On Trident, Jeremy Corbyn has already won, and on economic policy he has shattered the comfortable, macro-economic consensus that debates deficits and debts and ignores Sally and Steve from Swindon. (If that sounds insulting, it’s how Corbyn’s despatch box interventions have been sneeringly characterised on all sides).
Socrates backs him on both issues. Here is Socrates on the nuclear doctrine, and remember, he had been a soldier: ‘One who is harmed should not seek revenge. It is never right to repay evil with evil.’ We have had openly discussed, on the Daily Politics and elsewhere, what instructions Prime Ministers give Trident submarine commanders in the event of UK annihilation. The consensus of those in the know, or who claim to be, is that commanders are told not to retaliate. PMs don’t want to go down in history as perpetrators of futile revenge. Futile it would be too: Russia is thought to have around 1000 launch-ready nukes to our three or four dozen. Corby’s allegedly extremist position turns out to be mainstream; he tells the truth, others lie. Socrates again: ‘Deceitful words and foul deeds infect the soul.’
Socrates was contemptuous of those who piled up wealth, and would be unsurprised by our colossal and increasing inequality: ‘One who is not content with what he has, will not be content when he has all that he desires.’ He thought those who acquired wealth through wrong-doing (the present-day sectors responsible for that are only too well known) harmed their own souls more than their victims. Alas, in a post-Dawkin world, that is trifling comfort for the victims of banks, motor manufacturers, energy suppliers or other capitalists who cannot be trusted out of our sight.
Hegel asserted that social and historical change follows from the in-built conflicts or contradictions in every set of circumstances. For example, a bud contains within itself the seed of its transformation into a flower; the flower likewise must give way the fruit, the fruit to seeds, and so on infinitely. However stable and permanent a state of affairs seems to be, the stability contains the seeds of change, even destruction. History provides plenty of examples of this happening. Sometimes for good: the dissolving of the Russian and Chinese economic tyrannies, and the associated moderation of their political counterparts. Sometimes for ill: the destruction of secular dictatorships in Muslim countries, and replacement with something no better.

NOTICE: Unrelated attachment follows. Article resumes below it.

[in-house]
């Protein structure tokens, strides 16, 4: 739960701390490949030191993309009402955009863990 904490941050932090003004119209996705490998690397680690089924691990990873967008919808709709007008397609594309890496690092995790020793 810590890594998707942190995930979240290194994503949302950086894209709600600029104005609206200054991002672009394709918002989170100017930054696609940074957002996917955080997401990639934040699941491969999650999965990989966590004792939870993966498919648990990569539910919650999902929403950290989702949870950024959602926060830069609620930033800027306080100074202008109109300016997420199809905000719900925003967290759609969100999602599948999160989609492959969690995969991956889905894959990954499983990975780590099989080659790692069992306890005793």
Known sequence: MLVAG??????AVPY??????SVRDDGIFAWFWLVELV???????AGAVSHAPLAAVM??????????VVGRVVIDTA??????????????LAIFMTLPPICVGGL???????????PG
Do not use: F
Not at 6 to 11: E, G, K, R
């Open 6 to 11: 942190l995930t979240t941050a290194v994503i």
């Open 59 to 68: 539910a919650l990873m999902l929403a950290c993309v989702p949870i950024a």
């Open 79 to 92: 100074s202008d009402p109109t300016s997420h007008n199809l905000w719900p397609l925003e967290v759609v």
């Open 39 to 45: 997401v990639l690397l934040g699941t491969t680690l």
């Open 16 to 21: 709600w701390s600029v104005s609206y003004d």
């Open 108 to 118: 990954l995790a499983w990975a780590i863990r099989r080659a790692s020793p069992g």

Corbyn’s Hegel effect has begun in a small way. His approach at Prime Minister’s question time has been widely derided; but who would thought we would ever hear Prime Minster Calm-Down-Dear speaking respectfully of Kelly’s predicament? Who would have bet on the IFS spending time on the financial circumstances of Michelle Dorrell who shredded the Tory member of the Question Time panel? The IFS concluded that perhaps (note the humility of the word perhaps) she won’t lose as much from the benefit changes as she fears. Smooth Tory platitudes about the need for this or that budget to be got under control are left floundering in the face of actual people, tangible emotions and real tears.
A bigger Hegelian change is in progress for the Labour Party, which must now accept that dominance by public school toffs, and the apprehensions of London’s comfortably off, have brought forth a reaction. Whoever succeeds Corbyn will be no Blairite. But the Corbyn phenomenon cannot fail to change Tory policy too. Already we have had claims that the Tories are the party of the centre, the representatives of the ordinary working family. To make this stand up we can already look forward to amelioration of benefit cuts, and expect more being done to bring tax-avoiding rogues like Facebook and Amazon under control. It would be simple, for example, to make taxes payable on receipts (not profits) taken within the UK. There’s no practical or ideological Tory reason for not doing so, even this year. If not this, watch for something else that brings howls from the Tory Right.
A last word from Socrates: ‘A man should really be what he pretends to be. Good reputation cannot be gained without being as you appear.’ If he can eschew the hemlock, Jeremy Corbyn might become one this country’s greatest Prime Ministers. He is already a prodigious influence on whoever is next in that role, Labour or Tory.
(Whose book on applying philosophy to everyday life, love.philosophy, is presently piling up rejections from all the best publishers.)